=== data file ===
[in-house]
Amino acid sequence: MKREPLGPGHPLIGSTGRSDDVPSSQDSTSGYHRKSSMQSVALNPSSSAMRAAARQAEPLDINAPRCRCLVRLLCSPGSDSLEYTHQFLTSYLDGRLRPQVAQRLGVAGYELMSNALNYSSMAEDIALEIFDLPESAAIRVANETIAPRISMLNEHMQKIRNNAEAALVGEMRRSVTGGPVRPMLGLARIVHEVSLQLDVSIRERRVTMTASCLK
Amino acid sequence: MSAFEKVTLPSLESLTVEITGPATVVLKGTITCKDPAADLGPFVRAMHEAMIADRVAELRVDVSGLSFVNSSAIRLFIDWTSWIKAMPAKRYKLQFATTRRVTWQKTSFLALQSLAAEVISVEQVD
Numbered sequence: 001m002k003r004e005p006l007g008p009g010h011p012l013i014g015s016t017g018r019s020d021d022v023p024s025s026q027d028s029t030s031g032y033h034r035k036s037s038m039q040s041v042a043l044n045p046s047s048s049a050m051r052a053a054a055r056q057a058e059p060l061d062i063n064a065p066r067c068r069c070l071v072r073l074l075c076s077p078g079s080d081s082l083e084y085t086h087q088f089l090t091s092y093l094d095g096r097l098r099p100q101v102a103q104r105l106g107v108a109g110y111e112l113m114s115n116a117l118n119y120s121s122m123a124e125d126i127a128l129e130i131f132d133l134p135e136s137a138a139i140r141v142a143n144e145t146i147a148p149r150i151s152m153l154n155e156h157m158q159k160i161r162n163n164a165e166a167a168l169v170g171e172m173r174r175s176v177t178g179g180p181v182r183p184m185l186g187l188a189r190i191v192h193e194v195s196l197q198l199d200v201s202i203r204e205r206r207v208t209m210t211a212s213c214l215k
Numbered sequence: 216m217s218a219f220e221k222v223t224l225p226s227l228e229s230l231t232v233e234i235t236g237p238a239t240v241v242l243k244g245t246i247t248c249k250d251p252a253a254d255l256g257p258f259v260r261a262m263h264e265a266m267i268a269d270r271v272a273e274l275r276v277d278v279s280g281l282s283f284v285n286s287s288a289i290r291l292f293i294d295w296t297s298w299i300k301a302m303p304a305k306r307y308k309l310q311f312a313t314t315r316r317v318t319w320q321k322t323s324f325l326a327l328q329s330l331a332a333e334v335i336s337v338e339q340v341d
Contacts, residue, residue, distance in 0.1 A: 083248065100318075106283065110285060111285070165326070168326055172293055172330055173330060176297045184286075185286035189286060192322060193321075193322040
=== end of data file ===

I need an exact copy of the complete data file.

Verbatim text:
[in-house]
Amino acid sequence: MKREPLGPGHPLIGSTGRSDDVPSSQDSTSGYHRKSSMQSVALNPSSSAMRAAARQAEPLDINAPRCRCLVRLLCSPGSDSLEYTHQFLTSYLDGRLRPQVAQRLGVAGYELMSNALNYSSMAEDIALEIFDLPESAAIRVANETIAPRISMLNEHMQKIRNNAEAALVGEMRRSVTGGPVRPMLGLARIVHEVSLQLDVSIRERRVTMTASCLK
Amino acid sequence: MSAFEKVTLPSLESLTVEITGPATVVLKGTITCKDPAADLGPFVRAMHEAMIADRVAELRVDVSGLSFVNSSAIRLFIDWTSWIKAMPAKRYKLQFATTRRVTWQKTSFLALQSLAAEVISVEQVD
Numbered sequence: 001m002k003r004e005p006l007g008p009g010h011p012l013i014g015s016t017g018r019s020d021d022v023p024s025s026q027d028s029t030s031g032y033h034r035k036s037s038m039q040s041v042a043l044n045p046s047s048s049a050m051r052a053a054a055r056q057a058e059p060l061d062i063n064a065p066r067c068r069c070l071v072r073l074l075c076s077p078g079s080d081s082l083e084y085t086h087q088f089l090t091s092y093l094d095g096r097l098r099p100q101v102a103q104r105l106g107v108a109g110y111e112l113m114s115n116a117l118n119y120s121s122m123a124e125d126i127a128l129e130i131f132d133l134p135e136s137a138a139i140r141v142a143n144e145t146i147a148p149r150i151s152m153l154n155e156h157m158q159k160i161r162n163n164a165e166a167a168l169v170g171e172m173r174r175s176v177t178g179g180p181v182r183p184m185l186g187l188a189r190i191v192h193e194v195s196l197q198l199d200v201s202i203r204e205r206r207v208t209m210t211a212s213c214l215k
Numbered sequence: 216m217s218a219f220e221k222v223t224l225p226s227l228e229s230l231t232v233e234i235t236g237p238a239t240v241v242l243k244g245t246i247t248c249k250d251p252a253a254d255l256g257p258f259v260r261a262m263h264e265a266m267i268a269d270r271v272a273e274l275r276v277d278v279s280g281l282s283f284v285n286s287s288a289i290r291l292f293i294d295w296t297s298w299i300k301a302m303p304a305k306r307y308k309l310q311f312a313t314t315r316r317v318t319w320q321k322t323s324f325l326a327l328q329s330l331a332a333e334v335i336s337v338e339q340v341d
Contacts, residue, residue, distance in 0.1 A: 083248065100318075106283065110285060111285070165326070168326055172293055172330055173330060176297045184286075185286035189286060192322060193321075193322040